My fourth novel Letters to Strabo is both a love story and a coming-of-age tale, set in the late 1970s. It takes the form of a fictional odyssey recorded with disarming honesty by my protagonist, an innocent young American writer called Finn Black. His adventures, both funny and evocative, follow closely the itinerary taken by Mark Twain on his own tour around the Mediterranean a century earlier in The Innocents Abroad. The novel is structured around the seventeen chapters of the ancient Greek Strabo’s great work: Geographica; a book that Twain quoted from extensively in his own tale. In Finn’s words:

“I researched how famous travel writers made their first journeys for a series of articles. It fascinated me how they all took something worthwhile out of that first experience on the road, whether they later became writers, journalists or even philosophers. It opened my eyes to all sorts of new possibilities I wanted that life. I wanted to get going, to write and make my fortune. Find out what had really happened to my pa and maybe find a bit more of that mythical free love I’d been missing, too.”





As he travels, the amazing places Finn visits, the art and cultures he comes across and most importantly the people he meets are faithfully described by him for Eve, his long-distance pen-pal. Eve’s replies, her Letters to Strabo as she calls them, reveal to Finn not only her own hopes and dreams but also things about her own past too. But unfortunately Finn is not quite as faithful in real life to Eve as he pretends in his letters! When he first arrives in Europe, he teaches for a few months in Bilbao on an exchange scheme, but then meets a beautiful French woman and art collector, Françoise Circe. A woman he feels is totally out of his league:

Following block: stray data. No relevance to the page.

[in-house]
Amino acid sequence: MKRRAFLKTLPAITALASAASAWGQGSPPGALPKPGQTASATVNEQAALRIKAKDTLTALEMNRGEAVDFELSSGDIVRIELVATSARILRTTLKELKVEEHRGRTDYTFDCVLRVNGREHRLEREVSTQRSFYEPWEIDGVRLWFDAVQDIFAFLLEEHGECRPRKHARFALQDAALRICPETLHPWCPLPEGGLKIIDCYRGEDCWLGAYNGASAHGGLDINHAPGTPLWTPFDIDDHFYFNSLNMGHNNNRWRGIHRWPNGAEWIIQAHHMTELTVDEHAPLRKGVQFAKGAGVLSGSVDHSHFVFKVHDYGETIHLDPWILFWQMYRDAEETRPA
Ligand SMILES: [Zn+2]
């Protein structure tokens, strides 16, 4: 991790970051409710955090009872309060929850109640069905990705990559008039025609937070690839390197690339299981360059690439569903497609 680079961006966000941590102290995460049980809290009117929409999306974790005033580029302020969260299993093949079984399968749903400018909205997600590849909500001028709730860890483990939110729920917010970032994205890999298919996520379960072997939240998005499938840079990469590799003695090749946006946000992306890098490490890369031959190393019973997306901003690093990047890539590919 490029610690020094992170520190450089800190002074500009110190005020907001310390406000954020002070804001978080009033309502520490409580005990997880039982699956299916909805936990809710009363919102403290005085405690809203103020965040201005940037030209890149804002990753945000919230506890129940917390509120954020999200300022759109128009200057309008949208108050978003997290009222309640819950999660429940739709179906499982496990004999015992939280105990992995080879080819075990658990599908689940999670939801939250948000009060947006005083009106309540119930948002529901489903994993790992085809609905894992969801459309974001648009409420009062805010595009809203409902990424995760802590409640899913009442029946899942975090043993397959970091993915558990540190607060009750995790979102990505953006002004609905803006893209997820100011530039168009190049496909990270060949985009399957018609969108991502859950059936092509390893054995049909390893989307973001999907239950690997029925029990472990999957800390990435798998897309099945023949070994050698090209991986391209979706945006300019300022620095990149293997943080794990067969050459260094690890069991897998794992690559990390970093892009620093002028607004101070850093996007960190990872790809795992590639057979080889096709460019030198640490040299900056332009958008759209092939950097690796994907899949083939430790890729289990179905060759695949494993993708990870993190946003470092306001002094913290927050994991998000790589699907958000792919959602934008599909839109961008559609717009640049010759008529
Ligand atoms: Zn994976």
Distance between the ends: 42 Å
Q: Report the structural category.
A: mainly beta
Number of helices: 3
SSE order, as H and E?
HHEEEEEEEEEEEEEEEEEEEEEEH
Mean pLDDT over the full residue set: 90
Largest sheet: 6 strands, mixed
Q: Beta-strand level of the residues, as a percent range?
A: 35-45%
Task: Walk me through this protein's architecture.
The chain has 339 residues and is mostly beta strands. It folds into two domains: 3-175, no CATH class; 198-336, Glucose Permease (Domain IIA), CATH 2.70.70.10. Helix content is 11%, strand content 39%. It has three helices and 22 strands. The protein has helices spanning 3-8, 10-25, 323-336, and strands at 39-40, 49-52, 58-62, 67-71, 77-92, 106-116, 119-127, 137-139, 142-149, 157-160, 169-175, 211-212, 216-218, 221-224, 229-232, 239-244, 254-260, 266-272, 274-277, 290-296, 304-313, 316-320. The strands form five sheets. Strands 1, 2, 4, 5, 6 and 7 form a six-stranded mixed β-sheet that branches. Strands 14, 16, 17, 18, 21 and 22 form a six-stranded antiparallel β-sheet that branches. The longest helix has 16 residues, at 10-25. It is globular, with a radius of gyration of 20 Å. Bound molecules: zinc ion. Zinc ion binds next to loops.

“I met Françoise during a visit to the local Gallery Lazarus. A young artist called Mikel Díez Alaba was exhibiting his Japanese-inspired paintings and causing quite a stir in the local press. I’d been recommended to see the exhibition by my Spanish friends. Reluctantly, I did. As I’ve said, I was somewhat stunned when that gorgeous woman accepted my cheesy pick-up line. I panicked about where to take her. But luckily she knew a place.”
Despite this inauspicious start, Finn and Françoise set off together on an extended train journey to Paris. Their first stop is the pulsing city of Lisbon where they discover the famous Pastéis de Belém, sweet pastries still made in a bakery which has recreated the original recipe since 1837:
“We headed towards the Café Belém, famed for its patisserie. It was heaving. When we entered, the noisy interior was hot and sticky in the thick afternoon air. We had to wait in line to be served but it was well worth it. When we got to the front, the custard tarts more than made up for the wait; they were dripping exotically with sugar and cinnamon. We washed them down with strong coffee served in little paper cups, crossing our arms amorously as we did. She had a way of looking at me with those sapphire-blue eyes which made me feel I was all she wanted…”

Here they come across a misfit Spanish-speaking couple arguing noisily. Finn draws the ire of the man as he admires Finn’s companion:
“‘You want to play with her, I play with you. Look, I compare you, because of our frightfully mechanized epoch, to a kind of Don Quixote, without any other windmill before you than your own head…’

Their journey continues through Seville, Barcelona, Nice and Paris and then finally to Venice. Here Finn finally discovers the disturbing truth behind the façade of Françoise Circe, the art collector, as her real reasons for undertaking her journey with him are finally revealed…



Author’s bio
David Smith is a British author who has now published four works under the Troubador imprint. His first novel Searching For Amber has been described as "A powerful and notably memorable debut" with a review describing it as "masterly and confident" and another as "Extraordinary, poetic, enchanting, sublime". In addition to writing, he is currently CFO of a blue chip UK public company and lives near the South Coast in England with his wife and three teenage children.
https://www.davidsmithauthor.blog

Letters to Stabo is available now. Get it here...